"Boston was home of the original schooner 'America' for over 20 years during the late 19th century when she was owned by General Butler", Capt. Sears said. "It's very special to be sailing in the exact waters where she sailed 130 years ago".
Without exaggerating, 'America' is arguably the world's most famous racing yacht. It is also one of the most beautiful yachts in the world. The reason is simple.
The original 'America' put yachting on the map. It is why the most famous trophy in sailing is called The America's Cup. Members of the New York Yacht Club sailed the original schooner 'America' to victory over the British in the legendary race around the Isle of Wight. In 1851, a boat named 'America' won the 'Royal Yacht Squadrons' 100 Guinea Cup given to the winner of a race around the Isle of Wight.  The winners, members of the New York Yacht Club, donated the trophy to the Club, to be held as a 'challenge' trophy. Thus the America's Cup was born, named after the boat, not the country.
To this day, the Cup serves as a perpetual challenge trophy for friendly yacht racing competitions among nations.
Her later career was equally as colorful - conveyor of secret agents, Confederate blockade runner, Union warship, Naval Academy training vessel, and pride and joy of a famous Civil War general and politician. By her end in 1945, she was one of the most honored vessels in the United States. The original was destroyed during World War II.
Today, America is a near perfect replica built in 1995 at a cost of more than $6 million.
In 2003, long-time San Diego Yacht Club member, Capt. Sears and his business partners purchased two International America's Cup Class (IACC) racing yachts from legendary America's Cup Skipper, Dennis Conner.
The two competition-tested yachts, Stars & Stripes / USA 34, and Abracadabra / USA 54, were moved from America's Cup Harbor to the Broadway Pier, under the flag of a new sailing venture, Next Level Sailing.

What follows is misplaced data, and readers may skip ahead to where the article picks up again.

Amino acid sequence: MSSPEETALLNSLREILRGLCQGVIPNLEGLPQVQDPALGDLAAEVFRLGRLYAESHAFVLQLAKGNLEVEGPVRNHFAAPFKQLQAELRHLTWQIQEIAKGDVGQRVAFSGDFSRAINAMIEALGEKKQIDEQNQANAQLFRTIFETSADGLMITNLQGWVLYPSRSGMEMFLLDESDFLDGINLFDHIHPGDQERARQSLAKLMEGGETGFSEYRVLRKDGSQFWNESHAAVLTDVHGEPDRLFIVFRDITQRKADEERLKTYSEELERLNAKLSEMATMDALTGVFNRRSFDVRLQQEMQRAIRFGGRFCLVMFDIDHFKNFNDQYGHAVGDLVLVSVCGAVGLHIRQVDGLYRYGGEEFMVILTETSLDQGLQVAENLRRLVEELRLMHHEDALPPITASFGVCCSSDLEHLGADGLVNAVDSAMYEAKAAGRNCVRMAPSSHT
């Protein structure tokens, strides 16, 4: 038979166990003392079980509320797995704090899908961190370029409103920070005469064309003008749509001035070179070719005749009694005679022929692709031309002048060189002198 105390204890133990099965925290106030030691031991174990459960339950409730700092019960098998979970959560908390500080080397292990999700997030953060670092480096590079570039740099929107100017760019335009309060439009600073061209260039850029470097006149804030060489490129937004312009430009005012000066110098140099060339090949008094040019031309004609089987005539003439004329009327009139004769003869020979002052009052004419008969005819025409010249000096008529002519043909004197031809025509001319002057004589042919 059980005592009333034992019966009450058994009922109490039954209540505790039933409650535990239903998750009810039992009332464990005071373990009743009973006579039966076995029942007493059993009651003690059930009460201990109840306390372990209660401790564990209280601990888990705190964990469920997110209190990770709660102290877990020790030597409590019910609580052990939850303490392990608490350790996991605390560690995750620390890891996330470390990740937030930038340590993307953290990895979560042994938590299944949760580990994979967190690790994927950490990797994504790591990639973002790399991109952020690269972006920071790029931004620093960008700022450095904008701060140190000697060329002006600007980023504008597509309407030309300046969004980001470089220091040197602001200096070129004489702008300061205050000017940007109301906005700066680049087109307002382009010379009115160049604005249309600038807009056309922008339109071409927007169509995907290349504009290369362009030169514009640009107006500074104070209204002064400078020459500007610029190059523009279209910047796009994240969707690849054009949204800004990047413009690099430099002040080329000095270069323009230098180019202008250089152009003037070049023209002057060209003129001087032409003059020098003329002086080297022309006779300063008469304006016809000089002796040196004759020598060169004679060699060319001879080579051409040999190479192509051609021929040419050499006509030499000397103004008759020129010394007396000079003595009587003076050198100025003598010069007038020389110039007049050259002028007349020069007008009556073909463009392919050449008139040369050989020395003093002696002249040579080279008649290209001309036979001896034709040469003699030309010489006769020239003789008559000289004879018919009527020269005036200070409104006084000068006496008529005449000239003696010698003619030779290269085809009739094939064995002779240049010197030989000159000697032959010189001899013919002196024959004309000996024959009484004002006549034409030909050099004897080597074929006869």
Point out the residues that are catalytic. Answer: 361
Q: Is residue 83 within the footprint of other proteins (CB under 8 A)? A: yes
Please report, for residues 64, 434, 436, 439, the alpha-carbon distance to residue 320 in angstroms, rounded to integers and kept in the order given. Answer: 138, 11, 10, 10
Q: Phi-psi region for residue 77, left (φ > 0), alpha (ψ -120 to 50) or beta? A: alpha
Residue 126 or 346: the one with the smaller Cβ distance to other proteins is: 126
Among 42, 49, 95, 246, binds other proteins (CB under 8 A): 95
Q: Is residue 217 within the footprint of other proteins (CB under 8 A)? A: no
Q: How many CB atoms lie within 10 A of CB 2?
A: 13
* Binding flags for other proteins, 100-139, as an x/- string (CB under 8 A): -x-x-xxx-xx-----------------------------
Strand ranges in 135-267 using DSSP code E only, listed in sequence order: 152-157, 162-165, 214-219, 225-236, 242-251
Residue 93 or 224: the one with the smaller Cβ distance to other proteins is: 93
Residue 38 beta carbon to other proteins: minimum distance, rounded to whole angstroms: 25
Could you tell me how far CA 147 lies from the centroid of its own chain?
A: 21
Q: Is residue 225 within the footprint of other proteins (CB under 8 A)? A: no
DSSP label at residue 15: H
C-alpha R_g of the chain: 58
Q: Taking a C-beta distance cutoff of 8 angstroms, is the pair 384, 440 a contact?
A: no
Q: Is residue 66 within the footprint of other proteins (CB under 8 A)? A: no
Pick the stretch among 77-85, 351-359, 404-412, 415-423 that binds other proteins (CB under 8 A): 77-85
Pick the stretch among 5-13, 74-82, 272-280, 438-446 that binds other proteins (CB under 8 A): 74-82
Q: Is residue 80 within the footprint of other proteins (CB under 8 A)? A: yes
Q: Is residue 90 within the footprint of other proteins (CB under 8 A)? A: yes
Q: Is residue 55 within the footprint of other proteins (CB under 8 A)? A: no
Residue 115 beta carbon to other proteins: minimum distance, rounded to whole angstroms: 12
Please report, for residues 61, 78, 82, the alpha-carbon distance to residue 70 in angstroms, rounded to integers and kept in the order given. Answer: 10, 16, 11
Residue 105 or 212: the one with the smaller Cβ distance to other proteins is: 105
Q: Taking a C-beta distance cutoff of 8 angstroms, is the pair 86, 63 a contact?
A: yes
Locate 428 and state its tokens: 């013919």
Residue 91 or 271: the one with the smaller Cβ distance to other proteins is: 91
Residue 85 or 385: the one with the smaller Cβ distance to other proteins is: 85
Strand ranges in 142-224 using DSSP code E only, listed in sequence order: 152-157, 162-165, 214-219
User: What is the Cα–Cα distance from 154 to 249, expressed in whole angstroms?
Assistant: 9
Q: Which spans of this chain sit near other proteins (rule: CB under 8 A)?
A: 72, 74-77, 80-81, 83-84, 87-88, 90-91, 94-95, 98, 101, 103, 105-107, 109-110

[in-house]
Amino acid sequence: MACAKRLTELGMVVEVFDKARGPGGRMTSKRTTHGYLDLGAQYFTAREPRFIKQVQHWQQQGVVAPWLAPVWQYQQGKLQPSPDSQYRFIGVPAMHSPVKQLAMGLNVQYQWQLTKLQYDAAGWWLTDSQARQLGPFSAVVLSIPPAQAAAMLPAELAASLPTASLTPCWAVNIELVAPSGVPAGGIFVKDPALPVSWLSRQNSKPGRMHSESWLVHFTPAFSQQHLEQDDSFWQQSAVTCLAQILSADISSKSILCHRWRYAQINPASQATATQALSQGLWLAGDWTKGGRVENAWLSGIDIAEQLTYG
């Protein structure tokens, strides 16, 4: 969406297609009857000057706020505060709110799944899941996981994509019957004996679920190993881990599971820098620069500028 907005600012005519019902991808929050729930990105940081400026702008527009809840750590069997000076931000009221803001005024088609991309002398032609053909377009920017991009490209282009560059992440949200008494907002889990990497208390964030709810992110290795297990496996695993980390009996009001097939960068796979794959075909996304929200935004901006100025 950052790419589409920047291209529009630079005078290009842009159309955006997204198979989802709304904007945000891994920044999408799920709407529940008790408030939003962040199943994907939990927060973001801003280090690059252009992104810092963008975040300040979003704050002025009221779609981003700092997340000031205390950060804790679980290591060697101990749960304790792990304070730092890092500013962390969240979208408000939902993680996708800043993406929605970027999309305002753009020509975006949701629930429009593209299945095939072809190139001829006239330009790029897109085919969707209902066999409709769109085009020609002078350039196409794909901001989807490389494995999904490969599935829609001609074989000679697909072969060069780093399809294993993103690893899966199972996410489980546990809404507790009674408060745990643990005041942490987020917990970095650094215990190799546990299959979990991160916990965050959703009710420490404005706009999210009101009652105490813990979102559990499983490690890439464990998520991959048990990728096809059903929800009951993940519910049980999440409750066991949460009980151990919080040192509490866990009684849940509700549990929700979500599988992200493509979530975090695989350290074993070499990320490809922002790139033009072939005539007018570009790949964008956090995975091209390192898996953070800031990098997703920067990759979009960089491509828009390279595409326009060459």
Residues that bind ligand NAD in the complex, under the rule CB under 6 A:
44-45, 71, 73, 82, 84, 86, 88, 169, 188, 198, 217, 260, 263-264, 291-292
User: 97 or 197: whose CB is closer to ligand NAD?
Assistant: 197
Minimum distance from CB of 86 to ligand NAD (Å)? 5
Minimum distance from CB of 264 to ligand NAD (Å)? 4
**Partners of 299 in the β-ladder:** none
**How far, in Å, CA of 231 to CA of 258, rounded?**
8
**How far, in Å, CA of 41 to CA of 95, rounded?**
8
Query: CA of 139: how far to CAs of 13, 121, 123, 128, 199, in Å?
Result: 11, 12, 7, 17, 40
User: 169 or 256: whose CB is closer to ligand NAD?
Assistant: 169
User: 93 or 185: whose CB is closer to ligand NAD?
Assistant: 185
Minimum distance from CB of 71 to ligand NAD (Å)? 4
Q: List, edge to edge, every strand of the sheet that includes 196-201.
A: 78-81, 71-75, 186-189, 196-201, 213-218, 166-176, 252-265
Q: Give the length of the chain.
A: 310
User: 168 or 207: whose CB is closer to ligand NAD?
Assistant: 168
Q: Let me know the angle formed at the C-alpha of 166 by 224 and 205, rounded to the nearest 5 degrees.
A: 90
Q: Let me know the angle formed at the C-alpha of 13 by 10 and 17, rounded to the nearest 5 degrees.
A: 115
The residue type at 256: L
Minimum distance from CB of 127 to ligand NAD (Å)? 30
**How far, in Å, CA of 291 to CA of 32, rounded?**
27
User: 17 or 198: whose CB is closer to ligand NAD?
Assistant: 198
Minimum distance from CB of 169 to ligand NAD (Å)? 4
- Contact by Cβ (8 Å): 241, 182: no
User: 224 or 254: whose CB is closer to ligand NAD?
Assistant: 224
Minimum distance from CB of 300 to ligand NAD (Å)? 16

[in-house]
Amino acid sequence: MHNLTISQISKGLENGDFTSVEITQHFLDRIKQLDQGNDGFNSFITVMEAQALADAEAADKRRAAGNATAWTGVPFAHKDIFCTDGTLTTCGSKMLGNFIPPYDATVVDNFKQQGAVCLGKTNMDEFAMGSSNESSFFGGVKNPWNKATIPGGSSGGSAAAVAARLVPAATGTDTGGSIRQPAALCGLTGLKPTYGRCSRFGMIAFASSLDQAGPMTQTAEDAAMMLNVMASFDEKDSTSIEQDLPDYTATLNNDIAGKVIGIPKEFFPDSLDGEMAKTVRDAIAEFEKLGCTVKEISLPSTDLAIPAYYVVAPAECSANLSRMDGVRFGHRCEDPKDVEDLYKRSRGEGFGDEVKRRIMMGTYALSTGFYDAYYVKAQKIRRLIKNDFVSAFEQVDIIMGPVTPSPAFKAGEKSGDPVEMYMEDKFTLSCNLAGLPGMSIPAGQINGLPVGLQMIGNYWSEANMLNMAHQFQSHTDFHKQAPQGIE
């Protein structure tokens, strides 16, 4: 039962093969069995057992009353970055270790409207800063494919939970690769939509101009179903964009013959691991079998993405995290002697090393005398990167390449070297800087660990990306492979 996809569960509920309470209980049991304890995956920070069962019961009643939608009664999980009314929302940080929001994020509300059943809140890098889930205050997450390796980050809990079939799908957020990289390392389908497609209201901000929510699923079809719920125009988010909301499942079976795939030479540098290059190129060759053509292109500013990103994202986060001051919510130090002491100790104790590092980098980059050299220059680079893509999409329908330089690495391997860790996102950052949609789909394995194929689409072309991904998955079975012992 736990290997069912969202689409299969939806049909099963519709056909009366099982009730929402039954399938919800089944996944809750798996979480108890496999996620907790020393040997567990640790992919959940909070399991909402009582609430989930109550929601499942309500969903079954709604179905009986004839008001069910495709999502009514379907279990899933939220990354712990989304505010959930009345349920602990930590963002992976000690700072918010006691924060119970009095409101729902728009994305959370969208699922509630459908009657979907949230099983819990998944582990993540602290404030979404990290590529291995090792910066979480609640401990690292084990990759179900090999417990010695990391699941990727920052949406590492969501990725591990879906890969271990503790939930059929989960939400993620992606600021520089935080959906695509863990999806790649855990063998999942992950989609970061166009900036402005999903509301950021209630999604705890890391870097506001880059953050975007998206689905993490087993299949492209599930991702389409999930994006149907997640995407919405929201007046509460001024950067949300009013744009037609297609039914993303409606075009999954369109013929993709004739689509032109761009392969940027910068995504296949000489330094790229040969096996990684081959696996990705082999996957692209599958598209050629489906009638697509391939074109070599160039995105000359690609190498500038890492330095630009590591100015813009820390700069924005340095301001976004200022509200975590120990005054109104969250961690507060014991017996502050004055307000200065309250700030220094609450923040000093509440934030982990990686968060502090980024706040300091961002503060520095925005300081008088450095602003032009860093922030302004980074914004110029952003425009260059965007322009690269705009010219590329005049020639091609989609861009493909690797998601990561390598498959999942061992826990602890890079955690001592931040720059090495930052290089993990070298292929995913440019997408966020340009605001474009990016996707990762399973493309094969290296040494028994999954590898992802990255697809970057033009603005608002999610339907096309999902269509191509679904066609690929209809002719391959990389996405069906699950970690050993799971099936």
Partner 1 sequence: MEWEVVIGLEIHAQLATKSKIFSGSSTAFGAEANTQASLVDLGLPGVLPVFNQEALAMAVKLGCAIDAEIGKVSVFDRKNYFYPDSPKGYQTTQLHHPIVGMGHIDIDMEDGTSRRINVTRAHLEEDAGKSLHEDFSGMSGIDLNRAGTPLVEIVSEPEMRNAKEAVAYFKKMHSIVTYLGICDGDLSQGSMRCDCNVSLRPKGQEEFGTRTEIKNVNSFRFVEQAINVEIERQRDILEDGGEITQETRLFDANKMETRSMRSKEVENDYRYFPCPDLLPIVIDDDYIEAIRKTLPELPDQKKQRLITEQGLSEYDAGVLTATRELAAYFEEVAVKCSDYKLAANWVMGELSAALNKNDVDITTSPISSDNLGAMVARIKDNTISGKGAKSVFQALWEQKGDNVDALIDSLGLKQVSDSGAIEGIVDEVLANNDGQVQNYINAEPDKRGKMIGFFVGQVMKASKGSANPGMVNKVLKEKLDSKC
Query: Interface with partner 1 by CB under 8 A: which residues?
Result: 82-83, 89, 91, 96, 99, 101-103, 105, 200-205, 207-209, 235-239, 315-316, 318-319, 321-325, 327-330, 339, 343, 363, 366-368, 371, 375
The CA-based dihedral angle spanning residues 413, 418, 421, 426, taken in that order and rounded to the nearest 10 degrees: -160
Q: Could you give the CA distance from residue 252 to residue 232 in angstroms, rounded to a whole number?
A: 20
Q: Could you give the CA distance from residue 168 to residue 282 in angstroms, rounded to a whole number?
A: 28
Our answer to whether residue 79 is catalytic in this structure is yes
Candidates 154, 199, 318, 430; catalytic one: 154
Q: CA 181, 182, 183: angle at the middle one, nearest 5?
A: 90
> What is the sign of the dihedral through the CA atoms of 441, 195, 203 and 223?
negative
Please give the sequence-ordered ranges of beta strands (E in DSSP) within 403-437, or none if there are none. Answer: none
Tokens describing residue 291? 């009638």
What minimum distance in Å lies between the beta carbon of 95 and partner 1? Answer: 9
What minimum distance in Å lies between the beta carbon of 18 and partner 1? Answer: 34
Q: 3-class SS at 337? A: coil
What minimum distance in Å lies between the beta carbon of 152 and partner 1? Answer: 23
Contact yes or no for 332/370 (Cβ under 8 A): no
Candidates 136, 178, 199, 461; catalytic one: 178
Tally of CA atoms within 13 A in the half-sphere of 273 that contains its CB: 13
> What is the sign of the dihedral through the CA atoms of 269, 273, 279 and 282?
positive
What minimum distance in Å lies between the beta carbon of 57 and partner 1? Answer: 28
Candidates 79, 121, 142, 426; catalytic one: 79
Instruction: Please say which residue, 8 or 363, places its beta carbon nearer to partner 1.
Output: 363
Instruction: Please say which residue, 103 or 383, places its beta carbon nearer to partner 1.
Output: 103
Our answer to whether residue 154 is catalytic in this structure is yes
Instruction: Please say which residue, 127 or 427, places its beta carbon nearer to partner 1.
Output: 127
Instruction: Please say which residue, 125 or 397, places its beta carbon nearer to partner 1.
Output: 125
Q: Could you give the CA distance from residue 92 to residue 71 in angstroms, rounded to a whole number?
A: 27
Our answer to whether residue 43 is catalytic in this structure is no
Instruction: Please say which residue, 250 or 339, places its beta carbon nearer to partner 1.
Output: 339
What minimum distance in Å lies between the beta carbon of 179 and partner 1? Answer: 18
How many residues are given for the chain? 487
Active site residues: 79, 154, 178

In 2006, Next Level Sailing acquired America and added her to the fleet. Today, the Next Level Sailing experience is located at the Maritime Museum of San Diego.
America is tentatively scheduled to arrive in Beaufort on the evening of Tuesday, September 20.  The historic yacht  will depart Beaufort on Friday morning and continue to Wrightsville Beach.
In mid-November of 2016, America will leave the U.S. coast for a two-day visit to Cuba. She will then make her way to numerous tropical destinations in the US and British Virgin Islands, Antigua, Barbados and other Caribbean ports en route to Bermuda for the full schedule of official 2017 qualifying and Cup Challenge series races.
The North Carolina Maritime Museum is located at 315 Front Street, Beaufort, NC 28516. For more information about the museum, visit
About the North Carolina Maritime Museum in Beaufort
The North Carolina Maritime Museum in Beaufort reflects coastal life and interprets lighthouses and lifesaving stations, the seafood industry, motorboats, and more. Studies in marine life, science, and ecology are available for all ages. The Beaufort museum is the repository for artifacts from Blackbeard's wrecked flagship, Queen Anne's Revenge, among them cannons, grenades, belt buckles and beads. The Harvey W. Smith Watercraft Center teaches boatbuilding for all ages. 
The North Carolina Maritime Museum in Beaufort is open Monday thru Friday 9 a.m. to 5 p.m., Saturday 10 a.m. to 5 p.m. and Sunday 1 p.m. to 5 p.m.   The museum is open to the public with free admission. Donations are always appreciated.
The North Carolina Maritime Museum system is comprised of the Graveyard of the Atlantic Museum in Hatteras, the North Carolina Maritime Museum at Beaufort and the North Carolina Maritime Museum at Southport. All three museums are part of the Division of State History Museums in the North Carolina Department of Natural and Cultural Resources.